16 Sep 1111 More on ATO pre-assessment reviews
MEMBER 169 writes:
"From reading the member feedback [last] week and my knowledge of the clients I have waiting the minimum 12 weeks for their refunds, it is plainly obvious that the ATO is relying on calculations of tax applicable to the income declared and pulling the returns when the PAYG seems too high. This might seem practical but it cannot work effectively unless the taxpayer works for a full year in one job and has normal PAYG instalments deducted.
I am in a country area and a lot of my 'I' returns are for shearers, wool classers, meat workers, forestry workers and other agricultural pursuits that are seasonal. These workers do not know what their income will be for the year and how many weeks they will have paying work. Workers in the shearing industry generally have a fixed percentage of their income deducted for tax because they can have 30 or so employers in any one year. It is not possible to align PAYG and income to any table and most prefer to play it safe and use a higher percentage so that they don't end up with a bill at the end of the year.
Last year I experienced the bloody mindedness of ATO staff pulling returns which were eventually passed without fault but not without a lot of stuffing around providing the clients’ original payment summaries etc. This year I have the same situation again and one of the same clients affected. Apart from the shearing shed hand that went through the mill last year, all the income and PAYG information on the returns was available on the Portal before the returns were lodged so it appears that the selection of returns for further investigation is taking place at least one step too early and not giving consideration to employer information that has already been received - or do the ATO think a lowly meat works labourer might be in collaboration with a multinational employer to scam an extra couple of hundred dollars?
I understand there are baddies out there - I know my returns will pass muster and the client will eventually be happy again. It is obvious though from the statistics quoted that there are practitioners out there who think they are clever and can get a better result and build a clientele as a consequence. I had one client call me after doing his return who asked me not to lodge because he had gone somewhere else and they had got him an extra $4000. I know that was not possible legally but there are people who will do it.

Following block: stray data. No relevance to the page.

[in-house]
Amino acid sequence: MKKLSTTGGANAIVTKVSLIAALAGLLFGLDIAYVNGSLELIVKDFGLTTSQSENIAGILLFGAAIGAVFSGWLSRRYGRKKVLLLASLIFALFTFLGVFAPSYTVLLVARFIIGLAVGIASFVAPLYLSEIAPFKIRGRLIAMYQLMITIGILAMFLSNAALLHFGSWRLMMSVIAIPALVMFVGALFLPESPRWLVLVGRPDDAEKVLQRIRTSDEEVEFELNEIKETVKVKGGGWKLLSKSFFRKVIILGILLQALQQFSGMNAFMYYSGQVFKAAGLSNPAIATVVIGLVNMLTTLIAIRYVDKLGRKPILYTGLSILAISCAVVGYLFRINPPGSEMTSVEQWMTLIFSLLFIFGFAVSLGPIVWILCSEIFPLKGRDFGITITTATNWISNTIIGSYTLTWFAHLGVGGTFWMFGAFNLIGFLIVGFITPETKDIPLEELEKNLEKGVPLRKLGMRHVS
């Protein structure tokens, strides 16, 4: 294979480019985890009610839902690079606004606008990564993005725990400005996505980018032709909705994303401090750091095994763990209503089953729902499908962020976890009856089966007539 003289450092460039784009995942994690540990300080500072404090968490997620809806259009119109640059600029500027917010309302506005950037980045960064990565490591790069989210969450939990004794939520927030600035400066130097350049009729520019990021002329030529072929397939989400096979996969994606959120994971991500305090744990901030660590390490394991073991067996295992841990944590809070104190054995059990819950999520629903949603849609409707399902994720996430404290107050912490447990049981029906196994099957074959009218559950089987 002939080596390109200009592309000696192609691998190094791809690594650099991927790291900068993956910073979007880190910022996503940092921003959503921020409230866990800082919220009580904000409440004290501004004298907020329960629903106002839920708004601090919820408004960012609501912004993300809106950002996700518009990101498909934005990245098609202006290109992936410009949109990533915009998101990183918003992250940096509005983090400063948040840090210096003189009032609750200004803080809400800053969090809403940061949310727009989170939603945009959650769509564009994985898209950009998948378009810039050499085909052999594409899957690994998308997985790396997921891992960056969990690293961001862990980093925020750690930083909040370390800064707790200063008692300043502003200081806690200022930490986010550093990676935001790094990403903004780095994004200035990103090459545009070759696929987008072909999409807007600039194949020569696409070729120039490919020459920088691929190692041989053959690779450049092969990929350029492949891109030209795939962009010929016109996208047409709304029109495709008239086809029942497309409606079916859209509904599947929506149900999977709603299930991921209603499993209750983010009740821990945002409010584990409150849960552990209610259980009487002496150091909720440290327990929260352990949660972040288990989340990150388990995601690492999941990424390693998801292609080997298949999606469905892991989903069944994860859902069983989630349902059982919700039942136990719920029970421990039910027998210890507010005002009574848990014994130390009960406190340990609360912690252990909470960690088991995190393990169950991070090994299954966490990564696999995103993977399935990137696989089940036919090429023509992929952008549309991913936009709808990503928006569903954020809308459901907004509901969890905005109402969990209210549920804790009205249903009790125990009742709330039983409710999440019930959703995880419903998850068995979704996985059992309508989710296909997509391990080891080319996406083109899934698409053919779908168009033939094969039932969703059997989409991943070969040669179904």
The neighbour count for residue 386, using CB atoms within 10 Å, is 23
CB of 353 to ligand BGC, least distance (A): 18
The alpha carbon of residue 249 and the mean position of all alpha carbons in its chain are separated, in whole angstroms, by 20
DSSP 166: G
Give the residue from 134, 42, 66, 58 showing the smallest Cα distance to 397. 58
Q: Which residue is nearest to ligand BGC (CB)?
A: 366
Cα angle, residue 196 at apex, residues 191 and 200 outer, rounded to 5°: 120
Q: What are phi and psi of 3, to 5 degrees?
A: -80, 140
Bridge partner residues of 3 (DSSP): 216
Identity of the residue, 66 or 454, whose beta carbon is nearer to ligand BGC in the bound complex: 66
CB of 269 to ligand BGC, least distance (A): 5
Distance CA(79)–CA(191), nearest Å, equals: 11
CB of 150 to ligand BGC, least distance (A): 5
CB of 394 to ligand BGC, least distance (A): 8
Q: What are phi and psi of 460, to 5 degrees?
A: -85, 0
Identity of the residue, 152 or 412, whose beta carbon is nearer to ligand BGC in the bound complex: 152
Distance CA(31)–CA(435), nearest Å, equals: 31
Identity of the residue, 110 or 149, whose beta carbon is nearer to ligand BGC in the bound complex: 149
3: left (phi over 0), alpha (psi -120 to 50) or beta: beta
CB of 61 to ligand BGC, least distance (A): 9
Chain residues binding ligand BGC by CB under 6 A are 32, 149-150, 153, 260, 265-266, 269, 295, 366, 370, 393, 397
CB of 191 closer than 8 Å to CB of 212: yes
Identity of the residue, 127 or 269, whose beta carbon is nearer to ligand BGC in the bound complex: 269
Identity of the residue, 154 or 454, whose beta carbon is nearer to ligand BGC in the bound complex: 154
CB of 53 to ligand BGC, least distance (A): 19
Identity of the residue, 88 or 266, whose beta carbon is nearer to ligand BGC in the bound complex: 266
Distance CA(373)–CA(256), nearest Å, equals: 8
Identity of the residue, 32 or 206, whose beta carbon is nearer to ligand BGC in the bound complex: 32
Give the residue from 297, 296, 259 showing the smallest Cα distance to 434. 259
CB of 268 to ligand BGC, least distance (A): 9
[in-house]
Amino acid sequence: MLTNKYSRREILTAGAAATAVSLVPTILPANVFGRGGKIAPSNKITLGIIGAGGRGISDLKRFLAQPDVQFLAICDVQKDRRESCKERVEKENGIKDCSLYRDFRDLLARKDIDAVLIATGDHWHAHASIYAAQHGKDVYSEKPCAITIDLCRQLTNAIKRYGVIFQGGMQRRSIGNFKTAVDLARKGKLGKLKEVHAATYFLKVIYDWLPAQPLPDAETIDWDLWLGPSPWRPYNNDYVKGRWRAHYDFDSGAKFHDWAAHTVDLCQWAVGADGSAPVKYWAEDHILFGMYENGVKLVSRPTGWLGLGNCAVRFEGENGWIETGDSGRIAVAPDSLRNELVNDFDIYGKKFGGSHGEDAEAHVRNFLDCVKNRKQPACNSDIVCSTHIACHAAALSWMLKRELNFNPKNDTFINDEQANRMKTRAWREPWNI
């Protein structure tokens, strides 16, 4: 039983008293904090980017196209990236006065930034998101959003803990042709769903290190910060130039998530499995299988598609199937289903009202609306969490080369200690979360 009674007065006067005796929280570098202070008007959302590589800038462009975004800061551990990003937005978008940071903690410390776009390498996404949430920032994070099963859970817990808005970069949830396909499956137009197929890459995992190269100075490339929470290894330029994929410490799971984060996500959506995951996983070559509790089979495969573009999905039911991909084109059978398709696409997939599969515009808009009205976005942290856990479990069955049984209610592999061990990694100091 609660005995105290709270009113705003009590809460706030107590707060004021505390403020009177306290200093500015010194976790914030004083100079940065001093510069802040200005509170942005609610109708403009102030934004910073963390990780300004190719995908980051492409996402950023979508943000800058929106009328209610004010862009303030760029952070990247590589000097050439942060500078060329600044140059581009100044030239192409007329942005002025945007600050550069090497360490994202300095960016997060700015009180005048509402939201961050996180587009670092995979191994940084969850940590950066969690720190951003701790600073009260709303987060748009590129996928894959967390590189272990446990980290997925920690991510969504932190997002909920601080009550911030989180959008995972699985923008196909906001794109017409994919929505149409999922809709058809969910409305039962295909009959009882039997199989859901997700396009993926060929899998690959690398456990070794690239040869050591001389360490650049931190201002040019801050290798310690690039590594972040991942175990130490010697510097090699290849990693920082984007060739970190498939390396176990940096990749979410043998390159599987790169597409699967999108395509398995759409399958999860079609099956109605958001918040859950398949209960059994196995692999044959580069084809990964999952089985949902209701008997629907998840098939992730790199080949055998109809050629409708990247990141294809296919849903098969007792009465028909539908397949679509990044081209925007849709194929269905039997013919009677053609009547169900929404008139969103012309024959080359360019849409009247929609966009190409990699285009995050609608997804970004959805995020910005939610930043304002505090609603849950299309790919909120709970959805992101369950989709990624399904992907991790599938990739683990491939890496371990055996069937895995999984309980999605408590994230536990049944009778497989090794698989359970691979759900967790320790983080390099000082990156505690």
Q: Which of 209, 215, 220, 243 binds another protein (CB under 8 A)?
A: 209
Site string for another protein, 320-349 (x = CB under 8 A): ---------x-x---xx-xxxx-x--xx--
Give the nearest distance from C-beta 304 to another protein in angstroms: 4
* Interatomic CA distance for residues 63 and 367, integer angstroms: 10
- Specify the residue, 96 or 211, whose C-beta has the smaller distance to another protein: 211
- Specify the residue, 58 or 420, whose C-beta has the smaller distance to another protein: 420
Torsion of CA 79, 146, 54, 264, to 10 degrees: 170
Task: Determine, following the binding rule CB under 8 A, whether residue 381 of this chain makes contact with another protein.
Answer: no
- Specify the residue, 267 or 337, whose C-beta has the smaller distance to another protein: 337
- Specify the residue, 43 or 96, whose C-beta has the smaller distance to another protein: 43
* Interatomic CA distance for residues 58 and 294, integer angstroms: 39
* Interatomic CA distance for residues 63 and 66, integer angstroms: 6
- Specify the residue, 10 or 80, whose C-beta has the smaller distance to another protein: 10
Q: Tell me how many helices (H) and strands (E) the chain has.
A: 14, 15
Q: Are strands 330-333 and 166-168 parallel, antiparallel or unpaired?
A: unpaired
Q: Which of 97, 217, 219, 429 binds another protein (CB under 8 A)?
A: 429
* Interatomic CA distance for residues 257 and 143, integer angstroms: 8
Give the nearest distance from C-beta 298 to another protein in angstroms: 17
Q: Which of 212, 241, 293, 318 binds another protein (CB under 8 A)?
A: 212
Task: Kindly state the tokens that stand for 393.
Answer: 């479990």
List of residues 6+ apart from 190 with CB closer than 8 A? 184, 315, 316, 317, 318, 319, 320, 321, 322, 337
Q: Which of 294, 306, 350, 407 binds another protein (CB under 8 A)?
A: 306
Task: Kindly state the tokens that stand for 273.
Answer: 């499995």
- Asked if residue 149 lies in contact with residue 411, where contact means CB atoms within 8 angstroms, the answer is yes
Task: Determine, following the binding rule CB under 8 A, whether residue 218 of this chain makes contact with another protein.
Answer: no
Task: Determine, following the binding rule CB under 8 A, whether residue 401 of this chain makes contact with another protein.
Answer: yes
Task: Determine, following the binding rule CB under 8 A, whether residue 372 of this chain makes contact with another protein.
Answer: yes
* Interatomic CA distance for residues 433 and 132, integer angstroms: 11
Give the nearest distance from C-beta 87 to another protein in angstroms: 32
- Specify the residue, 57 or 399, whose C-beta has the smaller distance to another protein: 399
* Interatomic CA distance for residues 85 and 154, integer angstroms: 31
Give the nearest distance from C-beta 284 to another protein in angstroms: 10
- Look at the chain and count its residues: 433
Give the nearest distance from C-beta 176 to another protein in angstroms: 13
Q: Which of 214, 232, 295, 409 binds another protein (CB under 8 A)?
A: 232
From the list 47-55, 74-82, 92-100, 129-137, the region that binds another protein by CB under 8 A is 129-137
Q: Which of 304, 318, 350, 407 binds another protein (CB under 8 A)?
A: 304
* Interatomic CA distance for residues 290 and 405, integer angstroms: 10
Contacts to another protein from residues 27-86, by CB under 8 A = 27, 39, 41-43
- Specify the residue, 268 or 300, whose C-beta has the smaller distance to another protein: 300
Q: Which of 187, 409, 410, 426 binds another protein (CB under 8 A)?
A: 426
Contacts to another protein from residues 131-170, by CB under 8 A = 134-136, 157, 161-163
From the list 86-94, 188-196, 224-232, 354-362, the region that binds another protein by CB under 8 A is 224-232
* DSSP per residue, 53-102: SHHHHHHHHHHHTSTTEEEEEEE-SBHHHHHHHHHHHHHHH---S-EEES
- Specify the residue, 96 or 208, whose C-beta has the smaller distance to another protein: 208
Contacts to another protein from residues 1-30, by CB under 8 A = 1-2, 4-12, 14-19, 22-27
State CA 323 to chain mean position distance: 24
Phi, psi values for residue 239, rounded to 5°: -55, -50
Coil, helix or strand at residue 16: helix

The ATO used to have ex public accountants on their staff who did the liaison between practitioners and the ATO. Rather than using mindless and uncompromising software to bludgeon a lot of people to find out who the baddies are, why not use the old ex-accountant who knows the industry and how it operates as well as a lot of the practitioners themselves? I think they would be excellent sleuths to ferret out information and find out where the problems lie, the ATO can continue its compliance testing but without their present sophisticated but draconian approach and between them a pretty good picture should emerge that will let the Tax Practitioners Board do the rest. Software is good for keeping honest people honest – you need intelligence to get the others."
MEMBER 170 writes:
"Fellow Tax Agents, with the 12 week fraud letters. I suggest you look to see if the refund is more than $5,000 (or close) and whether when the ITR was lodged a PAYG Summary on the Pre-fill was missing. If this is the case then the ATO thinks you are lodging a fraudulent PAYG Summary to make a big refund, it is that simple.
I have had five 12 week fraud letter and each one has these parameters. Even if a person has no deductions or only $300 it will get held up. I wonder where the 71% adjustments come from, maybe some more High Wealth Individual audit result reporting?"
MEMBER 171 writes:
"With reference to the 71%, did the ATO mention the amount of fraudulent refunds in dollars they stopped?
Also, how many of these returns were agent prepared as opposed to people doing it themselves? Saying they "adjusted" the returns doesn't mean anything. Maybe they just moved GIC from interest income to item 24?
Will they release the details of the adjustments and publish the common errors so we can all look at them prior to lodging the next year's returns? Maybe not, as you can get more revenue by levying penalties as opposed to writing fair, sensible and easy to understand tax law.
Proper tax advice is often not affordable to many people on low incomes and they tend to make the most mistakes from my experience. It's amazing how many retail assistants are still claiming their jeans and t-shirts when lodging returns themselves.
The ATO's letter to agents about the 12 week delays states:
'We are using specialist technology to help us identify and review returns which may contain missing and/or incorrect information. Claims outside normal individual or industry ranges will result in all aspects of a person's tax position being reviewed. Last year 71% of these returns were adjusted prior to the notices of assessment issuing.'
We eagerly await statistics on the current year program."
MEMBER 172 writes:
"Just remember, some of those 71%adjustments would have been to the date of birth information."
THE TAX INSTITUTE'S TAX COUNSEL TAMERA LANG COMMENTS:
"We are currently seeking information from the ATO to clarify their statistics.
The ATO is undertaking a program to investigate agents that have over 50 clients that are subject to pre-assessment reviews. The outcomes of these investigations may result in referrals to the Tax Practitioners Board."